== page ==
Utley says that her manager, Jones, has been a great leader for her. She says that Jones has shown her the ropes according to the WLR system, and they’ve developed a good rapport.
From Jones’ perspective, it’s Utley who’s stepping up to the leadership role. One of the ways she does that is demonstrating the right process.
“She leads by example,” Jones says. “If you want anybody else to be here on time, she does that.”
Punctuality is just the beginning. While Utley continues to work as a tech in the shop, she’s now overseeing the crew of seven other techs as they go about their business and getting new techs up to speed. So while she’s working with customers and doing her own job, she’s also checking in with other techs and sharing her skills.
All the while, she’s on the front lines of customer service in the bay. Jones says that her work is at the same level, whether she’s on car No. 3 that day or on car No. 50.
Utley says she just keeps it all in perspective.
“You got to want to do it. You’ve got to be consistent. Consistency is the key,” she says. “I know every day is not the same, but you’ve got to do it every day.”
Consistency is indeed a huge part of any quick lube process. If a tech starts to get into an autopilot mode, they might forget steps that are repetitive but crucial to success.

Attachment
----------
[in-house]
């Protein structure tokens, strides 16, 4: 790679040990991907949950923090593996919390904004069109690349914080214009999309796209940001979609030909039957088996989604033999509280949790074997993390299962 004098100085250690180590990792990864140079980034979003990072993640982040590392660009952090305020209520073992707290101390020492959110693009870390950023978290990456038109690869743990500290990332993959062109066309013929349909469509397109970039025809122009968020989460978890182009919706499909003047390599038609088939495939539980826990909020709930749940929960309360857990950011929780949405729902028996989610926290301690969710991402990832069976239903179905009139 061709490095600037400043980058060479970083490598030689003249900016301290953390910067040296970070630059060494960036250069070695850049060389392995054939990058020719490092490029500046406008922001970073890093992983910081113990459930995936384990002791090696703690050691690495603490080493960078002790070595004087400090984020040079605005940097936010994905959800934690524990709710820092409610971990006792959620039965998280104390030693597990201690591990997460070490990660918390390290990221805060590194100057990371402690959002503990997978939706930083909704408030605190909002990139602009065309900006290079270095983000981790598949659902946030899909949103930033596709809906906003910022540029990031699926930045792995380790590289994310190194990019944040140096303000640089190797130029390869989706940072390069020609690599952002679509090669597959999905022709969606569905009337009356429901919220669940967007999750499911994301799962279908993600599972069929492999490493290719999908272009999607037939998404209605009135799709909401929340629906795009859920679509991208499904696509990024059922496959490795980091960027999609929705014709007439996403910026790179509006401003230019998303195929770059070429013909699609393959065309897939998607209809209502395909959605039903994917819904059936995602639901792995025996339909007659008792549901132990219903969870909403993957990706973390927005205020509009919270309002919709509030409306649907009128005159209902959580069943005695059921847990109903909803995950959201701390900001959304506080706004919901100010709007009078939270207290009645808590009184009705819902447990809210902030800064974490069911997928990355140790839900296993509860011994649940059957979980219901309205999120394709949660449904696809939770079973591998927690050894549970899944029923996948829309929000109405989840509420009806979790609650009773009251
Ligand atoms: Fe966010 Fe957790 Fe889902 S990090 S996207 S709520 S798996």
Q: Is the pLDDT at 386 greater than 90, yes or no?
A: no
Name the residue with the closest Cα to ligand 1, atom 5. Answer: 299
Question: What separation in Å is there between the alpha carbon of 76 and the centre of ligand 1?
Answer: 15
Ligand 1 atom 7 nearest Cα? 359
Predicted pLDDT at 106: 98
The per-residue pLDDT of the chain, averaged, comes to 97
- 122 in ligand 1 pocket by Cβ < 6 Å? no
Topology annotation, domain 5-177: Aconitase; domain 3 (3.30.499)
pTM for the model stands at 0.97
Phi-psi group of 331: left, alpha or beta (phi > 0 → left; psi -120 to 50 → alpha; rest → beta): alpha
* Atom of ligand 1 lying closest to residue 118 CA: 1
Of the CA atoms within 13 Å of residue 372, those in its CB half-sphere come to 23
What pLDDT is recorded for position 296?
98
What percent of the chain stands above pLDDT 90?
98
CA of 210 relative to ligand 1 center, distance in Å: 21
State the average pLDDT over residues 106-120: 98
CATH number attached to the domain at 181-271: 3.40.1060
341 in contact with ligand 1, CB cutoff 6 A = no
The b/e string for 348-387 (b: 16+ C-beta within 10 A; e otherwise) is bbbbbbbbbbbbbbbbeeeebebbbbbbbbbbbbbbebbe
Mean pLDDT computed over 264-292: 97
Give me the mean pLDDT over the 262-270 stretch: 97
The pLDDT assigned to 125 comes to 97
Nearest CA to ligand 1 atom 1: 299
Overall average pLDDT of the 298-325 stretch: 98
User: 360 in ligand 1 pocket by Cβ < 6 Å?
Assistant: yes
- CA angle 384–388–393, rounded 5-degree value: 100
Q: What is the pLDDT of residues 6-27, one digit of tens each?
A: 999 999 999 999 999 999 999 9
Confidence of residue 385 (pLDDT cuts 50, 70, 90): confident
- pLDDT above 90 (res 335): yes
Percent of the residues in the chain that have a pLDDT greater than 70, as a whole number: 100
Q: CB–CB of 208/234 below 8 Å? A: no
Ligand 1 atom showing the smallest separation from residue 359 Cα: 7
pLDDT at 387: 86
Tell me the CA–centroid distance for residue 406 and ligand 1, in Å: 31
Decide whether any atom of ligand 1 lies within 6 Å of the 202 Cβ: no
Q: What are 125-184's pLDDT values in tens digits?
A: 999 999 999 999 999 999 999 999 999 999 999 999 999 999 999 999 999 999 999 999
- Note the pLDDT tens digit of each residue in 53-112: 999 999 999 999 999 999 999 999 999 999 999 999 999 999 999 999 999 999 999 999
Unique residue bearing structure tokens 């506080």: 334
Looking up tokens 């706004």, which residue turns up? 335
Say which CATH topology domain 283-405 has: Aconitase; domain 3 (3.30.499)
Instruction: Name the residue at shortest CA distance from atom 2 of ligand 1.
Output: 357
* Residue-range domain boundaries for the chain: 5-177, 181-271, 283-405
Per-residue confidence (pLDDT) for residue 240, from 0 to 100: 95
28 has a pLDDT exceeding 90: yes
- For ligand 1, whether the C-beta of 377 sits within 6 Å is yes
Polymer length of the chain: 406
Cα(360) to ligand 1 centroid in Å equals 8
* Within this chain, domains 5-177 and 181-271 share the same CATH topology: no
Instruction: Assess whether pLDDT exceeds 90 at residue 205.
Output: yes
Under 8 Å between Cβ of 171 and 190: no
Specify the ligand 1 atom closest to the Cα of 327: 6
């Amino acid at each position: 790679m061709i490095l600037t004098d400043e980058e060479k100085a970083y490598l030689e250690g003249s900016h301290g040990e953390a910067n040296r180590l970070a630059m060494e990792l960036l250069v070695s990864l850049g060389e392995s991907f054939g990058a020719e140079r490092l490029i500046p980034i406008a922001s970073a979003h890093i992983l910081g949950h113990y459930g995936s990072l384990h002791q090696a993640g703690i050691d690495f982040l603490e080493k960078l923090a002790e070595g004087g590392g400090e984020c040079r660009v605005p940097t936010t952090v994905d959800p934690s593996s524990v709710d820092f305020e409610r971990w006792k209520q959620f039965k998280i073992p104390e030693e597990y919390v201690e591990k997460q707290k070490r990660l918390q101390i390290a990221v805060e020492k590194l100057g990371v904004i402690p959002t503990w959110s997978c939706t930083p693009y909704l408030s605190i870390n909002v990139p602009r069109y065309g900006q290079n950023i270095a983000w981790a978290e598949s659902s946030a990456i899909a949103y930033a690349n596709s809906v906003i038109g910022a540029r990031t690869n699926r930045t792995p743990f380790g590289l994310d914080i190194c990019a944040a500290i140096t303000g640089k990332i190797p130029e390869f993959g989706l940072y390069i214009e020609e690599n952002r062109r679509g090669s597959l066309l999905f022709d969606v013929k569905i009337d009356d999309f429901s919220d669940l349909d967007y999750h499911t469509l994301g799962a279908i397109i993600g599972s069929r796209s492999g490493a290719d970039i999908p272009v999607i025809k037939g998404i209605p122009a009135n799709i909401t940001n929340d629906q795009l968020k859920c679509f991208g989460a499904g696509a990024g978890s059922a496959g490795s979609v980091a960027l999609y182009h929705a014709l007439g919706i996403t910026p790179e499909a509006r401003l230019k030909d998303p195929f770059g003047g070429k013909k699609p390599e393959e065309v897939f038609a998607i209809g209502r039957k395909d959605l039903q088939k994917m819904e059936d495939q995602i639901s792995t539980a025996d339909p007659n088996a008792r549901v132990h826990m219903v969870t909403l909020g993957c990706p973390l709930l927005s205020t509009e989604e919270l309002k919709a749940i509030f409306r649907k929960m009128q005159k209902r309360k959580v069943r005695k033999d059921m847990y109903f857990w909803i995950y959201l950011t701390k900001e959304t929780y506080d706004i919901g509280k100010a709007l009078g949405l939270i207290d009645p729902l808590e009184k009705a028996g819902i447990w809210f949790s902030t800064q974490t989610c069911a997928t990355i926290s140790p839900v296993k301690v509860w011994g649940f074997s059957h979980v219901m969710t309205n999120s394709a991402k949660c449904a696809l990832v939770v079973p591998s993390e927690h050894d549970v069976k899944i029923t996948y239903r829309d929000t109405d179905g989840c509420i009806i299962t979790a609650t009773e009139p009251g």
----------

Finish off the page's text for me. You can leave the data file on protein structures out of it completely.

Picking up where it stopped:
Jones says that Utley displays consistency in the service process, but also with customers. That means that each customer gets the same experience, no matter what’s happened before. Jones says that Utley has a great ability to reset after a poor customer experience, making sure that the next person is greeted promptly and politely.
“She's able to do that,” Jones says. “And a lot of technicians, it would ruin their whole day.”
Consistency in sales is just as important as the service itself. Jones says that Utley is great at explaining exactly what their dollars pay for when they come into the shop. That’s huge not only when there’s a dispute over the price, but it also displays the shop’s hard work for the customer.
Jones talked about a referral domino effect that can happen as the result of consistent, explanatory customer service.
“Sort of like the old days when they remember your name,” he says. “When they leave, they know they had an experience with Tamara. And they come back looking for her.”
In an interview with NOLN, Jones said that it will be a sad day when Utley is promoted again and leaves the store for another opportunity with WLR. Utley could be heard laughing in the background of the call, and the mutual support was clear, even through the telephone.
Those are qualities that any manager would love to see in a technician. Whether it’s customer service, personal growth or professional success, the consistency and drive is the foundation.
“As a tech becomes a leader, you’ve got to keep going like you did as a technician,” she says. “That’s what I’ve been doing, even as a tech. I just kept going, kept going.”